What part of "Illegal Monopoly" and "Illegal business practices" that MS has been found guilty of did you forget? Not to mention the $billions (yes, billions with a 'b') that businesses have had to pay due to problems with MS products.

Businesses take a long time to change infrastructure due to expenses. Since MS was seen as the only option for a long time due to these practices, you're projecting the same fanboy attitude about MS products that you accuse Linux fanboys project about Linux.

So, let's get real. Are you promoting MS with this rant just because it's perceived to be the latest and greatest since sliced bread due to marketing hype? Or, as you imply by being a systems architect, you always promote the best tool for the job?

Slackin' since 1993
Registered Linux user #296561

Nothing like an expert opinion

alisonken1 wrote:

I have stopped working with MS since Windows 95 due to their ever changing internals, does not like to play with anyone else (let alone play nicely), bad documentation, and having to continually maintain a system that should only require minimal maintenance once it's installed and setup.

So you form your opinions based on your vast Microsoft experience gathered 10+ years ago?

vonskippy obviously didn't read properly

vonskippy's comment below shows his lack of proper reading skills.

First off, the mention of 'Safari' for his webbrowser should have twigged him that the author was running Mac OSX, not Linux.

Second, the final recommendation from the author was for Unix (which he also noted concerned other flavors of Unix besides Linux).

Sounds like vonskippy appears to be an MS fanboy rather than a real Systems Architect (note I emphasize SYSTEMS).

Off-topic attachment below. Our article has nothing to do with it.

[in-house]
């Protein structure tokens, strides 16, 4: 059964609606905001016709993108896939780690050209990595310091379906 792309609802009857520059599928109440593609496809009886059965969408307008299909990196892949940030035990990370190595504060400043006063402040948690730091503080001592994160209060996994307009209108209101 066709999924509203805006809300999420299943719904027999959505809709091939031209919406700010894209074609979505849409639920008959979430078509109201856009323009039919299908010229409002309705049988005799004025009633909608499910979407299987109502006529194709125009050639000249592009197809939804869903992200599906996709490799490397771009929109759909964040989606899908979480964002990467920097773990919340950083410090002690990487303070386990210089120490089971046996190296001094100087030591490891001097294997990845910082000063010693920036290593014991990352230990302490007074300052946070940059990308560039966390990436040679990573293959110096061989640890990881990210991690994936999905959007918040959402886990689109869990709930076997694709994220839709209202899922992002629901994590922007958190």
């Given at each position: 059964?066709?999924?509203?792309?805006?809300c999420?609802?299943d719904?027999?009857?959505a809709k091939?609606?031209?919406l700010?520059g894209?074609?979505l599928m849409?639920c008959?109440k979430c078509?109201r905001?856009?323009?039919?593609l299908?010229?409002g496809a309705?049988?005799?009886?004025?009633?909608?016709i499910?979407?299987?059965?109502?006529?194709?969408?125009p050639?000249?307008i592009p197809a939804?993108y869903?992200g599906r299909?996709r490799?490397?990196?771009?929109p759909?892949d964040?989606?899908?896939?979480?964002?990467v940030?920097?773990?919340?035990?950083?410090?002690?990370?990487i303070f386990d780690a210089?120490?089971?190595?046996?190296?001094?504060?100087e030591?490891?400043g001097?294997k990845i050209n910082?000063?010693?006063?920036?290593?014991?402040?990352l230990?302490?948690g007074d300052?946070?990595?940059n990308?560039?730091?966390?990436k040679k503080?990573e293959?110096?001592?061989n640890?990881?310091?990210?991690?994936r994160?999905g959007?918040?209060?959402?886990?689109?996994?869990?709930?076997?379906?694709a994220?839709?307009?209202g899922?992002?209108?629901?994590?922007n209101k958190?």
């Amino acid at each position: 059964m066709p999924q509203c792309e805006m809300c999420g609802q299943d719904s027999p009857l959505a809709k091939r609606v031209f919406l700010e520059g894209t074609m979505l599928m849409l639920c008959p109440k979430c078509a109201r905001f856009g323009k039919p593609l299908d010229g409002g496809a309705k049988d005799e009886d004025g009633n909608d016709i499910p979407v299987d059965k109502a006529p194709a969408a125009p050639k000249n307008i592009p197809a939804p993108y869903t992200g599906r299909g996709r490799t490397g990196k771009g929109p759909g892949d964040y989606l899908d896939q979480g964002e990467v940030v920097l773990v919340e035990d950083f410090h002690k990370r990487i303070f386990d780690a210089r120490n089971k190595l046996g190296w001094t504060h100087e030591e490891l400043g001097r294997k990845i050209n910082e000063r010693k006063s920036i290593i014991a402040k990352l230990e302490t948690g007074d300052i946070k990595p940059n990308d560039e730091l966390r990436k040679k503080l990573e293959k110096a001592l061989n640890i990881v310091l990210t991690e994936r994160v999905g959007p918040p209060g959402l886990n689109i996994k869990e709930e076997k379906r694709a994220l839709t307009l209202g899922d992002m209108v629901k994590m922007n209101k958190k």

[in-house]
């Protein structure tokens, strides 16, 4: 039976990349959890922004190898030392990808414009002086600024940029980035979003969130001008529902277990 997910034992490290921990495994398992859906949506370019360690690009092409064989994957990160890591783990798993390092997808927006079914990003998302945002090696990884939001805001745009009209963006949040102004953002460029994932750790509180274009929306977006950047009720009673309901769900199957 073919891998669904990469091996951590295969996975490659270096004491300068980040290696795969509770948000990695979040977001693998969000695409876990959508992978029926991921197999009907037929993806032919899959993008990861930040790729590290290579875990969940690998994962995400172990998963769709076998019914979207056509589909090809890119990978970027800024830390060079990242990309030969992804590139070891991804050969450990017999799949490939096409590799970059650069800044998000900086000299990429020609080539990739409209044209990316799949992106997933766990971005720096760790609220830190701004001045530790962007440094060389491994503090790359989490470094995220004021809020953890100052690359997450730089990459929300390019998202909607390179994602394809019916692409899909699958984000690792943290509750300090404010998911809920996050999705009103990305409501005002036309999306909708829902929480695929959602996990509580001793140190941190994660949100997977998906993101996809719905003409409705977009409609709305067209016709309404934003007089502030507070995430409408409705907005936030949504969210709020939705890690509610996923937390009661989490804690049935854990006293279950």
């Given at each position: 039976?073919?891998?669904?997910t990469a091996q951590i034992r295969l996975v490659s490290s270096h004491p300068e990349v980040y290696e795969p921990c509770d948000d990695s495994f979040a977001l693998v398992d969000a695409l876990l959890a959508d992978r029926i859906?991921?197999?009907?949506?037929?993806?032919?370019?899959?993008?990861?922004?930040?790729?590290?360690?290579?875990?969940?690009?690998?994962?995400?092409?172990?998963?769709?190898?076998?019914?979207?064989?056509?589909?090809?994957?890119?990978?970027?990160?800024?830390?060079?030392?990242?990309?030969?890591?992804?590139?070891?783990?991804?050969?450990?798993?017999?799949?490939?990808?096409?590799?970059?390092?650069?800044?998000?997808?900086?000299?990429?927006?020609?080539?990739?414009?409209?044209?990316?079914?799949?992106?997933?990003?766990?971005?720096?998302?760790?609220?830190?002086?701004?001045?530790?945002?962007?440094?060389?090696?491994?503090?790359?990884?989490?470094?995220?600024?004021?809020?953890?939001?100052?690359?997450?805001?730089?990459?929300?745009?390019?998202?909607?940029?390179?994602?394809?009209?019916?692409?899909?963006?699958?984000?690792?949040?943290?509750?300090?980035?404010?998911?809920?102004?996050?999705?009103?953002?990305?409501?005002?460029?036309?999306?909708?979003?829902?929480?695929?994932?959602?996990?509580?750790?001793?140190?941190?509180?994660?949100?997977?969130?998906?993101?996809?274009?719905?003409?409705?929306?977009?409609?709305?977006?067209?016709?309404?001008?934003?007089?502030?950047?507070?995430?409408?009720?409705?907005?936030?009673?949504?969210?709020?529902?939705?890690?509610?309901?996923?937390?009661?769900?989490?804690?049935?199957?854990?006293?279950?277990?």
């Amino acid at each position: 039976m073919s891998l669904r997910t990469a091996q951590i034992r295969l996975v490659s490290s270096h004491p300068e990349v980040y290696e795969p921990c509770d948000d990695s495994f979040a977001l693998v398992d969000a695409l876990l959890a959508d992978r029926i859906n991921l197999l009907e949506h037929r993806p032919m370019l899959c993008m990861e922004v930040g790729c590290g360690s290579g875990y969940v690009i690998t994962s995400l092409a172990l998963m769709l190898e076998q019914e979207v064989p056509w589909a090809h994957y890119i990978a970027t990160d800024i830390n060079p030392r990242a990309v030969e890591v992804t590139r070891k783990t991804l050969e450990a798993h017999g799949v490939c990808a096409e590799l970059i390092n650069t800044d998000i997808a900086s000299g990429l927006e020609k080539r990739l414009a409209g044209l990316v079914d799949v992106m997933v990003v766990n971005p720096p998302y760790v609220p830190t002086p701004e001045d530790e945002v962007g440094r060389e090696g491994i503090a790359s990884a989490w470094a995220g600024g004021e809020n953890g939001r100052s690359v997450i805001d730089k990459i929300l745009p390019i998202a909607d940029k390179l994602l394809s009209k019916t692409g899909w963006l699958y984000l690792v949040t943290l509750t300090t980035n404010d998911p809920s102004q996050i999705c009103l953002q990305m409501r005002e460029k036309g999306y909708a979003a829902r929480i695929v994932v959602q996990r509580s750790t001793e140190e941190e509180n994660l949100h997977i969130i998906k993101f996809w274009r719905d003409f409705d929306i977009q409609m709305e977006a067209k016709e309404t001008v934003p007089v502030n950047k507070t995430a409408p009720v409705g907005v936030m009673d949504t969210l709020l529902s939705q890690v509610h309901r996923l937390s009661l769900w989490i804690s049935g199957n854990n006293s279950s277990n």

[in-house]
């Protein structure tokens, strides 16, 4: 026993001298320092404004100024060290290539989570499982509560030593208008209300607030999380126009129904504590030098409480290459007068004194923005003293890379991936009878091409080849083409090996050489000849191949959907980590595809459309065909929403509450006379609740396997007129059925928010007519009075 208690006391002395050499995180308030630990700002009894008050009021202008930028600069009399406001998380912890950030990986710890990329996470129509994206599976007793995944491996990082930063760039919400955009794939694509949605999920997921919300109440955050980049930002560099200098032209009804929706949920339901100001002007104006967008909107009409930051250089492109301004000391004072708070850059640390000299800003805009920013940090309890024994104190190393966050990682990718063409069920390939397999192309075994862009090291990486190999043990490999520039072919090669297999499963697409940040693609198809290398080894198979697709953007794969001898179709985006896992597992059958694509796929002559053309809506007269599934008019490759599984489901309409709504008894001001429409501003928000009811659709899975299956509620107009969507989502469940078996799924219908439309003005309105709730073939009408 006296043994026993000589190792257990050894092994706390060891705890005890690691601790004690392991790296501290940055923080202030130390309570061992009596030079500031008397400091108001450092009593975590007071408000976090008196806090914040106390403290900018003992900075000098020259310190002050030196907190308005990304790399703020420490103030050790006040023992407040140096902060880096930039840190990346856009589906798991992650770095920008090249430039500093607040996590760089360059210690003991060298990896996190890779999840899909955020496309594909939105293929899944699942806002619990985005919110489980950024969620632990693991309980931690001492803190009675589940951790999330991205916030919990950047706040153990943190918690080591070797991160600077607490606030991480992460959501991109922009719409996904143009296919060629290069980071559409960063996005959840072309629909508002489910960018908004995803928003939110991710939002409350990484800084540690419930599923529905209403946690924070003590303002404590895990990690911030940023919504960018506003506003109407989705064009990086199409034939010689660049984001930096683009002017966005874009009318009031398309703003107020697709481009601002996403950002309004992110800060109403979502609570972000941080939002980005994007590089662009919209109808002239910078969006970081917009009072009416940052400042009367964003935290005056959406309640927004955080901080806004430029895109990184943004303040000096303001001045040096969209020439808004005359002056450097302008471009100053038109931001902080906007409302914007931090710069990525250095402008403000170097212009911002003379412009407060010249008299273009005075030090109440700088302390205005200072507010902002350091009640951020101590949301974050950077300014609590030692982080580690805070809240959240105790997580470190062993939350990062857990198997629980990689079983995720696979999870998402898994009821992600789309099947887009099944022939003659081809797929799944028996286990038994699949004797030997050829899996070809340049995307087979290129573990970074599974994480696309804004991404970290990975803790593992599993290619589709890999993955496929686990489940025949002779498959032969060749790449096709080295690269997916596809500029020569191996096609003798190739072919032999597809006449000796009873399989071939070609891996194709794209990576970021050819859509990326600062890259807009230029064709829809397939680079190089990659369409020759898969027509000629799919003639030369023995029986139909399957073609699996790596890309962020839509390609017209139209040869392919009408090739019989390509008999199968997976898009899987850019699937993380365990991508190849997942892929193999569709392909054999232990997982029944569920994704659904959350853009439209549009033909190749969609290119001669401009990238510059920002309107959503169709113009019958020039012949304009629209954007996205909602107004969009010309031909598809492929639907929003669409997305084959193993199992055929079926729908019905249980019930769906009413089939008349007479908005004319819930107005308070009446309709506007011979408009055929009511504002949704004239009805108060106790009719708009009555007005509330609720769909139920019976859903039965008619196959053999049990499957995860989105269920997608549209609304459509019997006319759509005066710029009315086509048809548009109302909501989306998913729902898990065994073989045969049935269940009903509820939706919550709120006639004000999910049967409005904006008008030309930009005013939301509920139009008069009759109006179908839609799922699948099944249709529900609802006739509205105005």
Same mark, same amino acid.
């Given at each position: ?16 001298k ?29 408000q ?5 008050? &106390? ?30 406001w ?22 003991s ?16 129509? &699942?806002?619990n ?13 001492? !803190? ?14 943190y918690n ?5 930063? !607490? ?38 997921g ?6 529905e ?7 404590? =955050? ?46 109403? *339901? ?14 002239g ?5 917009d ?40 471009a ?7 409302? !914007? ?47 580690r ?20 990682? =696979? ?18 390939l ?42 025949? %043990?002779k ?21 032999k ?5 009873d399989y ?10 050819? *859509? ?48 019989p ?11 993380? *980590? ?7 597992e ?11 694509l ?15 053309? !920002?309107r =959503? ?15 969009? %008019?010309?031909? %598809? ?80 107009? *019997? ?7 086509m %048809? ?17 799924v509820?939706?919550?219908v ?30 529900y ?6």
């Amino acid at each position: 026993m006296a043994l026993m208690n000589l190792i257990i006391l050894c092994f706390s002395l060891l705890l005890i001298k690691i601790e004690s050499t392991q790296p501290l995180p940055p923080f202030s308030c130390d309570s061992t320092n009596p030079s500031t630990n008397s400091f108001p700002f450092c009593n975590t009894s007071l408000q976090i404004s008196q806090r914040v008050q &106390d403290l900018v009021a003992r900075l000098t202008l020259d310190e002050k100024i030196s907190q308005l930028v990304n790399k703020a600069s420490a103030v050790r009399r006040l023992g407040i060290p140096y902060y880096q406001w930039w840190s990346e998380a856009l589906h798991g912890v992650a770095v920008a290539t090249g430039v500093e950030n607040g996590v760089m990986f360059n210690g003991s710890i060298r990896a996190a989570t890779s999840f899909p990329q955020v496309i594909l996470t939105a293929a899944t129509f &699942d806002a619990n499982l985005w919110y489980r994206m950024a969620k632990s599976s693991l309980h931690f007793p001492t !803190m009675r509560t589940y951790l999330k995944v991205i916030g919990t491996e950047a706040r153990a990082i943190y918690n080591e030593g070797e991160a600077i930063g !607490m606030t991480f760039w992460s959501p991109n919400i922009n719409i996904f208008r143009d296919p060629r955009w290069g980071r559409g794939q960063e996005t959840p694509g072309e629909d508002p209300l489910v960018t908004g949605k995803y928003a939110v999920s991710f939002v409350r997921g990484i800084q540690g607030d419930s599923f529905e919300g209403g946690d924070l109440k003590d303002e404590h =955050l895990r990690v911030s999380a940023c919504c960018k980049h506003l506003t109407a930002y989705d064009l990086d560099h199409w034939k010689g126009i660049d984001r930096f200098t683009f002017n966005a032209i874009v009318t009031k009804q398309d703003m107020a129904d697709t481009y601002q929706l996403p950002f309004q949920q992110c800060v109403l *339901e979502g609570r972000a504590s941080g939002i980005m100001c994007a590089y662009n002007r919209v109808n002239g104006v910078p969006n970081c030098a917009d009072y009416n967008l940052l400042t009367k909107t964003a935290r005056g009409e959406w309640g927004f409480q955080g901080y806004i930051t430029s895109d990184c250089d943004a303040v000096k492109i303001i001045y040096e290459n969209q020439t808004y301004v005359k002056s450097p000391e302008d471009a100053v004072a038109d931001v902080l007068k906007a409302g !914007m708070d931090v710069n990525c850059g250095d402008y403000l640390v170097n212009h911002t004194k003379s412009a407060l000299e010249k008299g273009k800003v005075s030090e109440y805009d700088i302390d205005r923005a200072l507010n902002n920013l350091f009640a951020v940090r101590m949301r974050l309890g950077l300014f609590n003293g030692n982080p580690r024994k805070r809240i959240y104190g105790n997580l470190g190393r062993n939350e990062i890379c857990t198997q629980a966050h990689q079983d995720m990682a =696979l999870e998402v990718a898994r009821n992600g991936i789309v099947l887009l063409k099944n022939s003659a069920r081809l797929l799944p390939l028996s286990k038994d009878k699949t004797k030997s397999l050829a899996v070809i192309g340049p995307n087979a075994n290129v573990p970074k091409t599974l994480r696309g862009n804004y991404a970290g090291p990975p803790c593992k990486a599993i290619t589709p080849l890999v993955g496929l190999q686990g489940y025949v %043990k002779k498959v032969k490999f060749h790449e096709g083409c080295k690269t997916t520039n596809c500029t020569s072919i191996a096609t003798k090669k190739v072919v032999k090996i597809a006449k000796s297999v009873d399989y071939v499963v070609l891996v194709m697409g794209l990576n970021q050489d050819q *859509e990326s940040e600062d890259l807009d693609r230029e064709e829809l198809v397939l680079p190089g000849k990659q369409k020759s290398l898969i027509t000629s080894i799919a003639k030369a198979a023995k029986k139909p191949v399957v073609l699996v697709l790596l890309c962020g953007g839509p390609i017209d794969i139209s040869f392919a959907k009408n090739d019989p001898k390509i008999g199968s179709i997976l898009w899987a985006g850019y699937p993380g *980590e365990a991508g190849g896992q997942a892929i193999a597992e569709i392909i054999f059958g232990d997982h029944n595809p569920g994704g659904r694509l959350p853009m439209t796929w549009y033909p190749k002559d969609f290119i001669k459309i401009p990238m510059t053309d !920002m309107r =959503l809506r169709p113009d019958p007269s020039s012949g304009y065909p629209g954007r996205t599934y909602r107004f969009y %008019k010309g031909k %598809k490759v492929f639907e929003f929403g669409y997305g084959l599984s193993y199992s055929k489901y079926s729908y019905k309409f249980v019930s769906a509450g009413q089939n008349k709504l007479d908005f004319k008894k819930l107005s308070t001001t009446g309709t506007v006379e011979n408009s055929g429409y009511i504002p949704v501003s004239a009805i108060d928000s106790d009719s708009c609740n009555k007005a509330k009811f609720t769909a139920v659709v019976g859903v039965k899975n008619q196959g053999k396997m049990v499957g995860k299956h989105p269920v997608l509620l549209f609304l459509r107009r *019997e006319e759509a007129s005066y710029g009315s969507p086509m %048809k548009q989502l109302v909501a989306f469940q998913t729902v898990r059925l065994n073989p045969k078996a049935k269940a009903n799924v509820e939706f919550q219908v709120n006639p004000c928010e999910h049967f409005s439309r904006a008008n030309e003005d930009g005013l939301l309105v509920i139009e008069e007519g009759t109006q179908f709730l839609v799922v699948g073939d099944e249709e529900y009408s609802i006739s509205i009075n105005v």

Slackin' since 1993
Registered Linux user #296561

99% windows only experience

Well some of us use Macs and Linux and when we network with them or connect them to other devices, they just work without any technical know how. Linux can be harder to set up, but when set up it doesn't fall apart, unlike Windows. This comment is probably from an IT shop with years of experience with Windows and knows next to nothing about the UNIXes. If this is your experience than Windows will probably "work" provided you constantly maintain and fiddle with it. Well I tried networking Windows - a supported version with DSL - I followed all the directions exactly - and it didn't work. Same with my mom. Now enter the Mac and Linux. I plug it in reboot my computer and it works. The set up was only a couple minutes and it worked fine the first time. Another difference of course was this was cable Internet. 99% of the problems in software are caused by Microsoft. People that spend all their time learning how to use Windows are probably going to be able to get reasonable performance out of it. What they don't realize that if they knew only 1% of what they knew about Windows about a Mac and Linux they would be 10x as productive on UNIX based systems like OS X and Linux.

Mac, Linux experience

How much experience do You have with Mac OS X 10.4, Ubuntu 6.06, Fedora Core 5, and Suse 10.1? Most people that say they have as many problems with Macs and Linux as Windows are comparing an ancient version of the Mac or Linux to the latest version of Windows.